Nightmare scenario: Covid strain with Omicron spread and Delta severity

Department of Finance’s chief economist sets out chief risk to recovery from pandemic

The Department of Finance’s chief economist, John McCarthy. Photograph: Dave Meehan

The Department of Finance’s chief economist, John McCarthy. Photograph: Dave Meehan

 

What could puncture Ireland’s rapid rebound from Covid and the seemingly rosy public finances that go with it?

A new Covid variant with the transmissibility of Omicron and the severity of Delta. That’s according to the Department of Finance’s chief economist, John McCarthy, who, amid the positive exchequer numbers published yesterday, felt the need to paint the worst-case, potential nightmare sting-in-the-tail scenario that stands between us and the end of the pandemic.

In most areas of political discourse, the Government tends to play up the positives often in the face of negative outcomes or flak from the Opposition. However, when it comes to the public finances, which have be outgunning even the most optimistic forecasts for months now, it tends to sound a note of caution perhaps mindful of the clamour for tax cuts that might ensue if things get too frothy.

In that vein, McCarthy placed himself in the role of Christmas Grinch at yesterday’s press briefing, announcing the latest exchequer returns . The chief risk to recovery, he said, was “a further epidemiological shock”.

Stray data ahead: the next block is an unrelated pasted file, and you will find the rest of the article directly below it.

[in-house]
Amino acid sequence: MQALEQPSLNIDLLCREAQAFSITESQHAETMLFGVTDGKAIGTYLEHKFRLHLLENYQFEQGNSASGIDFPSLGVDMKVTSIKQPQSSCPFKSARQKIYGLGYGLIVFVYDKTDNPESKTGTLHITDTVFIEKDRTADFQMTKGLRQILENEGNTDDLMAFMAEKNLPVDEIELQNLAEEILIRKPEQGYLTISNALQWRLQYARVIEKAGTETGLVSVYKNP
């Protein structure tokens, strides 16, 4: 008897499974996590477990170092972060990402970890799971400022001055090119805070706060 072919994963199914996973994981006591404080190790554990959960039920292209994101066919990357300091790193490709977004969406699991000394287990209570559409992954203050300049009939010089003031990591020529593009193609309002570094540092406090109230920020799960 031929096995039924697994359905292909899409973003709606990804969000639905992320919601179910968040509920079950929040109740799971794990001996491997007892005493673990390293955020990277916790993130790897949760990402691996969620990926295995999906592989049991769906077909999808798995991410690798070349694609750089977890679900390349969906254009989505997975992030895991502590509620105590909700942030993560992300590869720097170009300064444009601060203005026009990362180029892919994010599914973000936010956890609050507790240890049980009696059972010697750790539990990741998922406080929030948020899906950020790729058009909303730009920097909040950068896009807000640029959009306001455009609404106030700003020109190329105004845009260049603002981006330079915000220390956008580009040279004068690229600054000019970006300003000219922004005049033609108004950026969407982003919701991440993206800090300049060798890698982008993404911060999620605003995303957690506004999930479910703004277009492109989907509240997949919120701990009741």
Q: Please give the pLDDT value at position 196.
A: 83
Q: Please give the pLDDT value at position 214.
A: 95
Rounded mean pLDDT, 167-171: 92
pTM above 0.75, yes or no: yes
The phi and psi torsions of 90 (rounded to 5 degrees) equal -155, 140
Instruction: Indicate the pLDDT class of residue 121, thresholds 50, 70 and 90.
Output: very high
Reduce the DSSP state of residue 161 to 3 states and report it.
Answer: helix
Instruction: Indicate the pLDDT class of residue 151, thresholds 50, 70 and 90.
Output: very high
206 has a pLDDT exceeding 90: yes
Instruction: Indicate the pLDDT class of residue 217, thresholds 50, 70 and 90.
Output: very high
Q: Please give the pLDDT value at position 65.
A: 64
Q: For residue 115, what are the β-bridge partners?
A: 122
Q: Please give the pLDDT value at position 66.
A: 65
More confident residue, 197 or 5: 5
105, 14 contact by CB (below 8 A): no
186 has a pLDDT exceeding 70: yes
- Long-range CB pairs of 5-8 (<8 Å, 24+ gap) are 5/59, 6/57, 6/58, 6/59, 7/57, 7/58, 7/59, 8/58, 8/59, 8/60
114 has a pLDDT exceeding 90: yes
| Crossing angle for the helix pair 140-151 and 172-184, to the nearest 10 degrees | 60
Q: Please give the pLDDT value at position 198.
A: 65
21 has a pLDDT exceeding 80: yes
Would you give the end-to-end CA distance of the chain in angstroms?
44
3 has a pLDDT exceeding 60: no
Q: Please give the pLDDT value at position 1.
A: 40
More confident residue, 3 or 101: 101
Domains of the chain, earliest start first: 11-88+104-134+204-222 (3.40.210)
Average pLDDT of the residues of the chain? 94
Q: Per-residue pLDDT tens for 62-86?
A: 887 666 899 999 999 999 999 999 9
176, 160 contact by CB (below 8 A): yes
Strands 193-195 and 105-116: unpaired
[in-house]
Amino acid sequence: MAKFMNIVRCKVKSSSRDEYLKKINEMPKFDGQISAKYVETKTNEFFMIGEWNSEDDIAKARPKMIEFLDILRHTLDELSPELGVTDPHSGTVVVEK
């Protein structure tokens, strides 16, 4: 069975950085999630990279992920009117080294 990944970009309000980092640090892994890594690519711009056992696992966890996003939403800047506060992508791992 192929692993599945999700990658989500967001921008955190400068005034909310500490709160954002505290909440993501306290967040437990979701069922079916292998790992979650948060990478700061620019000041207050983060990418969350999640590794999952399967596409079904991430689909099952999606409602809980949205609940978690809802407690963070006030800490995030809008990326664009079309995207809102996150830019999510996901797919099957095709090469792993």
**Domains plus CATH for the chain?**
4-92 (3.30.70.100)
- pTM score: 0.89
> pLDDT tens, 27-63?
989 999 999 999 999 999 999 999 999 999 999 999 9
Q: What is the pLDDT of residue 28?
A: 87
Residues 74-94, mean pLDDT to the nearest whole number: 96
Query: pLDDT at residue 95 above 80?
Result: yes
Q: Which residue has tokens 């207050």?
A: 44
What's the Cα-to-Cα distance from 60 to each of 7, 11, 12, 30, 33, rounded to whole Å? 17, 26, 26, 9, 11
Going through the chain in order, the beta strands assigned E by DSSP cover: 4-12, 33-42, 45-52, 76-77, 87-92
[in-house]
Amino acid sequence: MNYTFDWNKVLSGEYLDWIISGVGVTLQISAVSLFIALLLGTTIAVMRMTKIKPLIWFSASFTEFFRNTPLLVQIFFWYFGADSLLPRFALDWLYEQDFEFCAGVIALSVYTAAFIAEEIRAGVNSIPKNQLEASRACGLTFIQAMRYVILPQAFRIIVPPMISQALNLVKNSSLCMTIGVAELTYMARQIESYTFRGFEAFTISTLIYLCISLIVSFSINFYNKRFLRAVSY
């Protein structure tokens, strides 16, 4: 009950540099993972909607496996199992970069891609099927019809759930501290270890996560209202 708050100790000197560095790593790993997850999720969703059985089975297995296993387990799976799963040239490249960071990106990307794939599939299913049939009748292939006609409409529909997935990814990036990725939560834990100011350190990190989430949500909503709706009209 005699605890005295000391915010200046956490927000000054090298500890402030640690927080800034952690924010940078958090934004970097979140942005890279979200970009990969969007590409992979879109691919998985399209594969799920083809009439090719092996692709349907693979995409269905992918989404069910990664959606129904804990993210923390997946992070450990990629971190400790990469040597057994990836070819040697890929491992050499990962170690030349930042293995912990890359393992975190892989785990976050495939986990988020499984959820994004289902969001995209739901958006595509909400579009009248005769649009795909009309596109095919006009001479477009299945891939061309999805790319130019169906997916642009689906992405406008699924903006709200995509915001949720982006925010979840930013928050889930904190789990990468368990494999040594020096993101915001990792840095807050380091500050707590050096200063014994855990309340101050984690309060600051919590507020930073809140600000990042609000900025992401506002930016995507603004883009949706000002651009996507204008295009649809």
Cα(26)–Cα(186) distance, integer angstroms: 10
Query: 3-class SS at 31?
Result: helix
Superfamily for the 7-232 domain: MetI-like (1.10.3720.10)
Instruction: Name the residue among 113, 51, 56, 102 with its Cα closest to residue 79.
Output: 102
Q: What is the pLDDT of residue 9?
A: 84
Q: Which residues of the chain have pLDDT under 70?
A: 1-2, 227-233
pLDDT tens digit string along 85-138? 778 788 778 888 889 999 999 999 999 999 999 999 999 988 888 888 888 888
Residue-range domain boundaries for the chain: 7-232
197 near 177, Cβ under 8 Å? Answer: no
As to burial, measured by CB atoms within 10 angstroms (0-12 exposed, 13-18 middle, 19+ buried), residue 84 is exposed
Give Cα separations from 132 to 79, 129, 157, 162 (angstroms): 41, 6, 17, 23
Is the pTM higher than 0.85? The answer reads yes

“I think we all, at least think, that the Omicron variant is less virulent, but more transmissible. But if we were to get a variant as transmissible as Omicron and as virulent as Delta, I think there could be a shock to the economy,” he said. The last bit was something of an understatement. A volcanic shock not just to the economy but to society would ensue.

Predicting the end of the pandemic has – to date – proved a mug’s game. We are now in wave four of the virus with the outlook complicated by the emergence of new, potentially more transmissible strains.

The optimists among us suggest that with each phase the virus is getting less virulent to the point that having it, will – in time – not amount to much. This is how Spanish flu eventually died away, or so we’re led to believe.

Despite the ups and downs and the cycle of on-off restrictions, this seems to be path we’re on. McCarthy’s picture of a more virulent strain and the prospect of more circuit-breaker lockdowns is a notion that most of us don’t want to countenance.

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